Another way SSDs helps cut power consumption is by having a more efficient idle state than HDDs. When a server isn’t actively retrieving or recording information, the HDD spins down to conserve energy, or stops moving by turning off the motor that makes the drive platters spin. When the server needs to retrieve data again, the motor has to start up and the platter needs to begin spinning—and that can take a few seconds. That might not seem excessive at first glance, but it is incredibly slow to a computer system that deals in thousandths or even millionths of a second. SSDs go idle when they’re not working and this state requires just a tenth of the power it needs while in operation. Plus, there’s no lag time for it to spring back into action when it’s needed. So overall, idle SSDs consume less power than HDDs and need less power to get working again. Multiply those savings with the number of servers in a data center and, again, it can be significant.

SSDs deliver much higher performance

While performance might not have as direct a correlation to cost savings as the factors described above, the effects of high-performance SSDs can indeed lead to lower data center costs. SSDs help organizations work more efficiently. The servers can complete tasks faster than HDDs, so processing times are shorter and require less power overall.

The high performance of SSDs also allows organizations to process intensive read and write workloads with fewer servers. That saves on hardware costs and reduces the paid employee hours required to manage them. The data center is overall more efficient with lower operating costs.



It all adds up to lower TCO

In addition to the three primary factors mentioned above, there are some additional less obvious considerations when it comes to saving on data center costs with SSDs. They include:

Reduced cost of software licenses – because SSDs allow organizations to do the same amount of work with fewer servers and nodes, they require fewer licenses. In large organizations, these savings can be significant.

Improved reliability – Because SSDs don’t have moving parts, they aren’t subject to continuous vibration like HDDs are. Vibration can lead to malfunctions over time and also require ultra-sturdy shelving and housing that SSDs don’t need.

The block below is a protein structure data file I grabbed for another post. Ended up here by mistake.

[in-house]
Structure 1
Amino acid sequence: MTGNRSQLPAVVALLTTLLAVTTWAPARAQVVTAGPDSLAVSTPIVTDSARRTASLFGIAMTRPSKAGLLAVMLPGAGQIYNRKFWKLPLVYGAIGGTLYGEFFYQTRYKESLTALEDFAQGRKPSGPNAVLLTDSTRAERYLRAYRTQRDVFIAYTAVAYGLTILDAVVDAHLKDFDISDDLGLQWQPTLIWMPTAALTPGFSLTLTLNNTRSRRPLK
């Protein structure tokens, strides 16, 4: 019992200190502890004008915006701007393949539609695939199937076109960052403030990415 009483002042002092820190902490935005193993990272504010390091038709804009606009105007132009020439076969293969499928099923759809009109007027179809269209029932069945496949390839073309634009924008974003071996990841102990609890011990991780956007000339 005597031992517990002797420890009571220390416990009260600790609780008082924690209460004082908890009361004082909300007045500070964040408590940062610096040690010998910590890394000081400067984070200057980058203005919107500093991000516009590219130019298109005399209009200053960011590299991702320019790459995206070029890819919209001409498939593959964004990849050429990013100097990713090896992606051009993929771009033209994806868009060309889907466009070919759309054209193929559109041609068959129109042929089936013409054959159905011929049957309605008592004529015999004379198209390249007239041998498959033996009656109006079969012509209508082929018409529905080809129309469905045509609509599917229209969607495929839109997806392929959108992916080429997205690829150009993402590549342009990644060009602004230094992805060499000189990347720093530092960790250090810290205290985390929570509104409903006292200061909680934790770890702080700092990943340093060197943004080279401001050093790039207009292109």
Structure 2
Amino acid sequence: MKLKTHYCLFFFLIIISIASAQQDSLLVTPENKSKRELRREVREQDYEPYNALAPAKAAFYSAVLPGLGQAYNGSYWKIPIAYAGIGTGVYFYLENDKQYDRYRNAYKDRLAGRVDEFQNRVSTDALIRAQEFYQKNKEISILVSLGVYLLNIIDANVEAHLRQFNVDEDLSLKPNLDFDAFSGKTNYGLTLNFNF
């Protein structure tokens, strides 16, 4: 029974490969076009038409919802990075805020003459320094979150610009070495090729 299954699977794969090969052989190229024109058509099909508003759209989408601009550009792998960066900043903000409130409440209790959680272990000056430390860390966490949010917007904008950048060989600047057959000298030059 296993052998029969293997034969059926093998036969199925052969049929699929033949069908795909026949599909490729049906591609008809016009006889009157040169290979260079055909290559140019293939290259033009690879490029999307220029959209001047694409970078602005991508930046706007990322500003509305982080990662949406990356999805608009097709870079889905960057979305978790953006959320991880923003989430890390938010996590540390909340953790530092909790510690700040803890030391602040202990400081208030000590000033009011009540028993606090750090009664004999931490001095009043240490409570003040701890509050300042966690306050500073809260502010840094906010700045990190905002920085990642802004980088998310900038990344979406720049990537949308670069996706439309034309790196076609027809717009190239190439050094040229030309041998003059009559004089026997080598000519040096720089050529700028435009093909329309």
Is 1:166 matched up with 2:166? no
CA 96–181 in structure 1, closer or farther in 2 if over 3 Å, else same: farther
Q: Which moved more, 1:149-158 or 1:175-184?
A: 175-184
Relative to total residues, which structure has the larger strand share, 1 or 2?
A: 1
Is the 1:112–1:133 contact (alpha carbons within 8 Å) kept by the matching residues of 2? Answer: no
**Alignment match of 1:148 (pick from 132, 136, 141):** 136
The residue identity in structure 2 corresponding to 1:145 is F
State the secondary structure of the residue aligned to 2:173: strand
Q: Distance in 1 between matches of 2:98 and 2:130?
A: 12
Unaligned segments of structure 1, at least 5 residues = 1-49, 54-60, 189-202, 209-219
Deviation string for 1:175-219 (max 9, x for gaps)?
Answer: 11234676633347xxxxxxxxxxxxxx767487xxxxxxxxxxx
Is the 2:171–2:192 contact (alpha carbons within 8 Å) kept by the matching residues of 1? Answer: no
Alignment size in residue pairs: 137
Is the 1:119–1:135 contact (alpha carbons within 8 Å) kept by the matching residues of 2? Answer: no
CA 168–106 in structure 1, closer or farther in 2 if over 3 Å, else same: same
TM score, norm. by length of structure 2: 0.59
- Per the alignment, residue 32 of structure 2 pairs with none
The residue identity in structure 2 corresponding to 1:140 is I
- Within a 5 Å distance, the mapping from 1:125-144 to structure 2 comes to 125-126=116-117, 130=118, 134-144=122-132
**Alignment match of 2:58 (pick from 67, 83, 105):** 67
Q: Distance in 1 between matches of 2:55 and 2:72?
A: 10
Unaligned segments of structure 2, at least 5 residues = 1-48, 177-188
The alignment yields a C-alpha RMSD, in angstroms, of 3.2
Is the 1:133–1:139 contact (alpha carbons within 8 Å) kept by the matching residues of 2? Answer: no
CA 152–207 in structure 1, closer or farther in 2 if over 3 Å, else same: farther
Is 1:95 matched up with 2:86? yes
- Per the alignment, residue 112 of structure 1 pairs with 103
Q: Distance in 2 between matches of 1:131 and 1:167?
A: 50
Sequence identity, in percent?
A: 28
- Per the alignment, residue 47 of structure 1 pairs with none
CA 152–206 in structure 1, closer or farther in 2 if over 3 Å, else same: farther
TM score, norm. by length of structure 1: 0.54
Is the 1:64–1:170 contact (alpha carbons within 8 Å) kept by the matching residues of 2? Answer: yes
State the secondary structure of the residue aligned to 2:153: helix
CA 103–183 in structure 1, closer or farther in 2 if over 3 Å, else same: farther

The lower power consumption of SSDs can reduce costs by eliminating the need to build a new energy-efficient data center. Many organizations are driven by sustainability initiatives to build new data centers or replace equipment, and using energy-efficient SSDs instead of HDDs could alleviate some of those needs.

So how can SSDs, which cost significantly more than HDDs, actually lead to data center cost savings? It all has to do with TCO. SSDs are more expensive in terms of capital expenses (CapEx), but are vastly less expensive in operating expenses (OpEx). Over time, the OpEx savings balances and then eventually surpasses the CapEx and the TCO of using SSDs instead of HDDs is much less expensive over the lifetime of the solution.


Choose Phison SSDs to support modern workloads and reduce costs

As a world leader in NAND flash and SSD data storage, Phison has a range of enterprise-grade storage solutions that can help organizations save on data center costs.

The company’s enterprise offerings include the X1 SSD and controller solution, which represents the industry’s most advanced U.3 PCIe Gen4x4 dual-port drive. Designed in partnership with Seagate, it offers more computing with less energy consumption, providing a cost-effective solution that eliminates performance bottlenecks, significantly improves quality of service (QoS) and delivers the highest levels of data integrity and security for critical business applications. When it comes to low power consumption, the X1 is best-in-class. It can deliver 30% or more data in reads than competitors for the same power used.

With Phison enterprise SSDs delivering the high capacity, energy efficiency and high performance that modern workloads need, organizations can maximize their data center savings without compromising their most critical applications and services.